Apple’s working on “multiple new” external monitors outfitted with the company’s in-house silicon, according to a report from Bloomberg’s Mark Gurman. This lineup’s expected to include an updated version of the Pro Display XDR, which was last released in 2019.
Besides the rumored Pro Display XDR, it’s still not entirely clear what other kinds of monitors Apple has planned. Supply chain analyst Ross Young says Apple could release a 27-inch mini-LED display with ProMotion in the first quarter of 2023, a potential indicator that Apple’s working on an update to the 27-inch Studio Display.
Apple’s existing Pro Display XDR costs $4,999 (not including the optional $999 Pro stand) and comes with a 32-inch 6K LCD panel capable of reaching 1,600 nits of brightness. But unlike the previous Pro Display XDR, this new monitor might not ship until after the release of the upcoming Mac Pro, which Gurman says is further along in development.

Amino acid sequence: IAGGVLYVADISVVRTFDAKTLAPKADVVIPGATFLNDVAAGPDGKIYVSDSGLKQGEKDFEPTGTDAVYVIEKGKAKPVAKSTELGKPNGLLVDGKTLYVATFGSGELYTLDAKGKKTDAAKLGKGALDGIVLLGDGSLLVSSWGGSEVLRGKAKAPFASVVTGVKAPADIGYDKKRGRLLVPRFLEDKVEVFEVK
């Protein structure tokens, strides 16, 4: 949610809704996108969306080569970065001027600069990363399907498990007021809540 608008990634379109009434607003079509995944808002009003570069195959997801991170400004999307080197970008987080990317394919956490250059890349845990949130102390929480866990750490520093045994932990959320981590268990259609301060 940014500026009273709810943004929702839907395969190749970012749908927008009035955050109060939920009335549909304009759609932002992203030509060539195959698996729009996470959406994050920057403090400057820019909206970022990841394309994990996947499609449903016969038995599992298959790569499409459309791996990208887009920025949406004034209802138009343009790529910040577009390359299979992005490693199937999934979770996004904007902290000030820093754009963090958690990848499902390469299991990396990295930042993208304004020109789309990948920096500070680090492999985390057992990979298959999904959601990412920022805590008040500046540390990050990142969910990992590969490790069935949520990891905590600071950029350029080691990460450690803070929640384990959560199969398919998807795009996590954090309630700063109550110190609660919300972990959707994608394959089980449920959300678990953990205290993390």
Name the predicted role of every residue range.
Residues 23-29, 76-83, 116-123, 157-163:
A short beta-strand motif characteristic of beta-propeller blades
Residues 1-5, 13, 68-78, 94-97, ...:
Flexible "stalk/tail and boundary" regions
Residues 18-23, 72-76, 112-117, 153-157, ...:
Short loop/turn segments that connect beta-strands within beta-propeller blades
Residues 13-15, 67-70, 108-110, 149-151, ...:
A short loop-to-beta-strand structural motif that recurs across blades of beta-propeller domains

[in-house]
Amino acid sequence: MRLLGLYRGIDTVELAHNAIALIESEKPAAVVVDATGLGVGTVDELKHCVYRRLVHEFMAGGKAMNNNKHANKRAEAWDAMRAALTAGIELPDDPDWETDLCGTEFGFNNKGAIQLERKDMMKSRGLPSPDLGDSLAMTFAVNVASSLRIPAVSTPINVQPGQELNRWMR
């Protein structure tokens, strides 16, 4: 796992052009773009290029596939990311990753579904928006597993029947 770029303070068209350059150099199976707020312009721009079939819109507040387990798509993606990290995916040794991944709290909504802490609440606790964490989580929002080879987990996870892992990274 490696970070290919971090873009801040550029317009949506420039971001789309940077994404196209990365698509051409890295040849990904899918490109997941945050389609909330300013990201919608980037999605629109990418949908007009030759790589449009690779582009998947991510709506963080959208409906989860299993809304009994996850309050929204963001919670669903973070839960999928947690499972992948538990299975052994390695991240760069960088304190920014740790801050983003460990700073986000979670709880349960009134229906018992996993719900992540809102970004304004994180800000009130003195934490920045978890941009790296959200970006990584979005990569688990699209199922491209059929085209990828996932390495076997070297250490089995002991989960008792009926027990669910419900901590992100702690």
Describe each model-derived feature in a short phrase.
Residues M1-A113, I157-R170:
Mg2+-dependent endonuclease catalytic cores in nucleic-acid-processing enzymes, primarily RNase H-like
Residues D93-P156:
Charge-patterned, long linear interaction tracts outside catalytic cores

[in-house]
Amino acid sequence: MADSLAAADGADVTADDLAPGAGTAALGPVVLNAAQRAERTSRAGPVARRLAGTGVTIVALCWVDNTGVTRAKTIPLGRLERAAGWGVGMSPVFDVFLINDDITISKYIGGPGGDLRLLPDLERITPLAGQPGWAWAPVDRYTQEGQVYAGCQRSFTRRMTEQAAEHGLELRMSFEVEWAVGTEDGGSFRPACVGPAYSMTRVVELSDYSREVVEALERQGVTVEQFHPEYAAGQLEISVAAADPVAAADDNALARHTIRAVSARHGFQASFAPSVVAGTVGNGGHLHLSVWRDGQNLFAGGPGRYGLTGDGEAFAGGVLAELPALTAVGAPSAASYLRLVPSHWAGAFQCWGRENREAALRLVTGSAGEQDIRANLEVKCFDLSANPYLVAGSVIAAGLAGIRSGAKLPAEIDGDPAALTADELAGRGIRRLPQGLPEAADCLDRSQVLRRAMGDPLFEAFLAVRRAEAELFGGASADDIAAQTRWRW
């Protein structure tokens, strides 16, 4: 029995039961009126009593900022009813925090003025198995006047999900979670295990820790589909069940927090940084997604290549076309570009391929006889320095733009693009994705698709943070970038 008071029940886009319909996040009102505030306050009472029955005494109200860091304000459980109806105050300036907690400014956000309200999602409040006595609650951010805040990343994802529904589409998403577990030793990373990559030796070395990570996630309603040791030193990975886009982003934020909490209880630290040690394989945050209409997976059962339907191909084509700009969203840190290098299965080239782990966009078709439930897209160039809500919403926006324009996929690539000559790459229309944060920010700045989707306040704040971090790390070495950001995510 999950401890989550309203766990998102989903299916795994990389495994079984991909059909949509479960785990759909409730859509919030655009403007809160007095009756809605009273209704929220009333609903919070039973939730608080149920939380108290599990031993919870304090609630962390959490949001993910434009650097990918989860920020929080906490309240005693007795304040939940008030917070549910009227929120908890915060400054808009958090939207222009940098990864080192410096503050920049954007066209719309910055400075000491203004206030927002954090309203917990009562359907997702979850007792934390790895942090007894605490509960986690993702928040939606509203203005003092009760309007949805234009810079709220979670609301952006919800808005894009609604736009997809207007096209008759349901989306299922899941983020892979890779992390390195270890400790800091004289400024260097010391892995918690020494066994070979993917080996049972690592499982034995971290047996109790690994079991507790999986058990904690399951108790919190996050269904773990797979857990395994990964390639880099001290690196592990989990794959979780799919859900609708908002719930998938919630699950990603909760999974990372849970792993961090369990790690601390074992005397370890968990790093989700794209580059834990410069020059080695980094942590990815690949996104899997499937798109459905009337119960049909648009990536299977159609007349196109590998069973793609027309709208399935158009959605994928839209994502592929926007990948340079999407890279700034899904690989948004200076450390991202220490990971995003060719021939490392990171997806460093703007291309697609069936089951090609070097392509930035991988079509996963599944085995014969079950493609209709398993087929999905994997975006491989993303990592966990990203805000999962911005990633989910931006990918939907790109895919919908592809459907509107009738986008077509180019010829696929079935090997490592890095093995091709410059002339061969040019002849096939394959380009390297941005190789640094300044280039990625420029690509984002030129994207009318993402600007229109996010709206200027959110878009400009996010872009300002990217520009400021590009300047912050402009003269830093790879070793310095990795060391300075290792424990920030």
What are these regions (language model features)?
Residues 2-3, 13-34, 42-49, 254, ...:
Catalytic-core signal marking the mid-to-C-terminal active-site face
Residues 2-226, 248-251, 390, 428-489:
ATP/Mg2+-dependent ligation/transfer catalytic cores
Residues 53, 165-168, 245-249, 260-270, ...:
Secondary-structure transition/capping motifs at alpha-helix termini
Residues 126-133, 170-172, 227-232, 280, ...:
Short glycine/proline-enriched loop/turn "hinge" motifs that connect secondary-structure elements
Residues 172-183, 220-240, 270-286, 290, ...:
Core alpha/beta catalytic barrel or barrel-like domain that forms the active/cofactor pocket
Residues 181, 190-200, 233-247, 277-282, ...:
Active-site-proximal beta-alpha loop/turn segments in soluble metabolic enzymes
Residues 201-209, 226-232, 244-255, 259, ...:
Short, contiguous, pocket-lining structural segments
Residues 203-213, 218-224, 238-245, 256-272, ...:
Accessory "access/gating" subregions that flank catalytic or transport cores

Apple was supposed to have launched the Mac Pro by now to meet its goal of converting all its Macs to Apple silicon in the two years following the M1 chip’s release. However, Gurman says feature changes and a potential production relocation to Vietnam have caused delays in its development. While Mac Pro was initially rumored to come with the option for a high-powered “M2 Extreme” chip with 48 CPU cores and 152 GPU cores, Gurman says the chip’s complexity, as well as the cost and resources required to produce it, may have led Apple to scrap the idea.
The Mac Pro’s now expected to ship with the new M2 Ultra chip that should have up to 24 CPU cores and 76 graphics cores with the potential to support at least 192GB of memory. Gurman says the Mac Pro will also retain its expandability, allowing users to add more memory and storage. Meanwhile, the upcoming Mac mini could arrive in M2 and M2 Pro variations, while Apple could launch its M2 Pro and M2 Max-equipped MacBook Pros early next year. Gurman notes that Apple is also working on an iMac Pro with Apple silicon, but that machine has “suffered internal delays for similar reasons as the Mac Pro.”